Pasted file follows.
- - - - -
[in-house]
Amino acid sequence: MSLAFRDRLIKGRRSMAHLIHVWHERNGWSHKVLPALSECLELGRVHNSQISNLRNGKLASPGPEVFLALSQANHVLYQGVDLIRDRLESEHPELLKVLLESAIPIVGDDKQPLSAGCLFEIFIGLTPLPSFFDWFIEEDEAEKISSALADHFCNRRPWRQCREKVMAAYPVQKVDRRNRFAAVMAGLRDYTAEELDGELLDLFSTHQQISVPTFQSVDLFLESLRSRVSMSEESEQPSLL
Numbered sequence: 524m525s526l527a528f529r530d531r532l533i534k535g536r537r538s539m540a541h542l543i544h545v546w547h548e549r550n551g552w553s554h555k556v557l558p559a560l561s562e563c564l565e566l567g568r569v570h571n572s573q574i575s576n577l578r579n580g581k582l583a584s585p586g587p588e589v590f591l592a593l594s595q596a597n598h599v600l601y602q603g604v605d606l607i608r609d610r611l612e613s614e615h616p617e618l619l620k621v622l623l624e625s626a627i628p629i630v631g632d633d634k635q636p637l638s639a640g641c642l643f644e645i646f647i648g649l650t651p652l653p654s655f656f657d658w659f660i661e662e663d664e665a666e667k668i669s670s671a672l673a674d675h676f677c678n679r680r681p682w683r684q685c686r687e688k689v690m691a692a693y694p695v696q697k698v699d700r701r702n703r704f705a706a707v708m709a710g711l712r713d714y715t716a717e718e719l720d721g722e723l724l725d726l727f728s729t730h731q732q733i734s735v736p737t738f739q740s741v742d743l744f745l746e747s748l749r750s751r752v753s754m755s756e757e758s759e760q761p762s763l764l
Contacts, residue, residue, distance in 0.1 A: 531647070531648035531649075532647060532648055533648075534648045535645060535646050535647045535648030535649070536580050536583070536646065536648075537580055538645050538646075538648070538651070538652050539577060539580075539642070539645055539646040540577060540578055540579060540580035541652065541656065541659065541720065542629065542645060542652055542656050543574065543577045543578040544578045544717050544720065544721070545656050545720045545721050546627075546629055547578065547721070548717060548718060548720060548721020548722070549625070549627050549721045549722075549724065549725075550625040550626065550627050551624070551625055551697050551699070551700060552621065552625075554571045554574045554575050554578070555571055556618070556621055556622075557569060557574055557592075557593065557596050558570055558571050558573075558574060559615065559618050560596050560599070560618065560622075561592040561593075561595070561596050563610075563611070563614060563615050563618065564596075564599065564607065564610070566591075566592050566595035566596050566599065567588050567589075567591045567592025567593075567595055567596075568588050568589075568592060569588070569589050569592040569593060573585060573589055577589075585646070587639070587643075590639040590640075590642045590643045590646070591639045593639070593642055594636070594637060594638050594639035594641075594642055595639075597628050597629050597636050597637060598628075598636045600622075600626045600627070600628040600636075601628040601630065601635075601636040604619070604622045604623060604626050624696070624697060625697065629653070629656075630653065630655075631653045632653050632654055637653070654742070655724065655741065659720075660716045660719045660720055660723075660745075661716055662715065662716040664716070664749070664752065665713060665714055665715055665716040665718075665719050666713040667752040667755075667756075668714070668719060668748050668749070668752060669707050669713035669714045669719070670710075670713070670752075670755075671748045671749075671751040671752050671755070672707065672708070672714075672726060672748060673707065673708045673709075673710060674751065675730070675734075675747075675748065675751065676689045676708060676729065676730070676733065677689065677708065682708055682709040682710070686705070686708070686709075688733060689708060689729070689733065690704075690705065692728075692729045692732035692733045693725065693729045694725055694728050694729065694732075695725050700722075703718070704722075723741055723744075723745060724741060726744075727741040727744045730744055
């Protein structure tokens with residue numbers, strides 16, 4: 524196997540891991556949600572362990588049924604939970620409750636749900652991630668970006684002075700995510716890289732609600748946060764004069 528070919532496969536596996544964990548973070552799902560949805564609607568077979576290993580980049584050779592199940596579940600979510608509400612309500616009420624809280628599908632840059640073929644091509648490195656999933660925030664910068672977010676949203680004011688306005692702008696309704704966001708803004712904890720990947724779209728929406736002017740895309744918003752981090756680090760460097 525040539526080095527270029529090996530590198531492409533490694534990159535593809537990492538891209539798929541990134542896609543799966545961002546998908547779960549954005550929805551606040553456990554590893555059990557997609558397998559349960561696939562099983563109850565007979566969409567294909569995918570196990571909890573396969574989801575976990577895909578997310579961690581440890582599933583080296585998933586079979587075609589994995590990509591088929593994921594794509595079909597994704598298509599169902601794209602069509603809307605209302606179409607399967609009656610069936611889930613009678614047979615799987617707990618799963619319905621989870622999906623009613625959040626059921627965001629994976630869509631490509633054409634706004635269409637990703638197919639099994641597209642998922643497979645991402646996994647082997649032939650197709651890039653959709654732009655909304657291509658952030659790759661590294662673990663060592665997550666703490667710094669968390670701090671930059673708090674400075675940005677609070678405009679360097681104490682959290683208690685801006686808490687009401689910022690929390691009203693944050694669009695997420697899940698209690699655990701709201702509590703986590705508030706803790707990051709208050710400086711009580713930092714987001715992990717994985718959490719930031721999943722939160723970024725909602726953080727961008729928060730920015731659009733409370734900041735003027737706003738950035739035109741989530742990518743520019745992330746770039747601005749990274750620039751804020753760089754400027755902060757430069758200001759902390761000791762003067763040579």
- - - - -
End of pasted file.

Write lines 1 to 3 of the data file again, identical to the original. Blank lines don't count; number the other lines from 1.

[in-house]
Amino acid sequence: MSLAFRDRLIKGRRSMAHLIHVWHERNGWSHKVLPALSECLELGRVHNSQISNLRNGKLASPGPEVFLALSQANHVLYQGVDLIRDRLESEHPELLKVLLESAIPIVGDDKQPLSAGCLFEIFIGLTPLPSFFDWFIEEDEAEKISSALADHFCNRRPWRQCREKVMAAYPVQKVDRRNRFAAVMAGLRDYTAEELDGELLDLFSTHQQISVPTFQSVDLFLESLRSRVSMSEESEQPSLL
Numbered sequence: 524m525s526l527a528f529r530d531r532l533i534k535g536r537r538s539m540a541h542l543i544h545v546w547h548e549r550n551g552w553s554h555k556v557l558p559a560l561s562e563c564l565e566l567g568r569v570h571n572s573q574i575s576n577l578r579n580g581k582l583a584s585p586g587p588e589v590f591l592a593l594s595q596a597n598h599v600l601y602q603g604v605d606l607i608r609d610r611l612e613s614e615h616p617e618l619l620k621v622l623l624e625s626a627i628p629i630v631g632d633d634k635q636p637l638s639a640g641c642l643f644e645i646f647i648g649l650t651p652l653p654s655f656f657d658w659f660i661e662e663d664e665a666e667k668i669s670s671a672l673a674d675h676f677c678n679r680r681p682w683r684q685c686r687e688k689v690m691a692a693y694p695v696q697k698v699d700r701r702n703r704f705a706a707v708m709a710g711l712r713d714y715t716a717e718e719l720d721g722e723l724l725d726l727f728s729t730h731q732q733i734s735v736p737t738f739q740s741v742d743l744f745l746e747s748l749r750s751r752v753s754m755s756e757e758s759e760q761p762s763l764l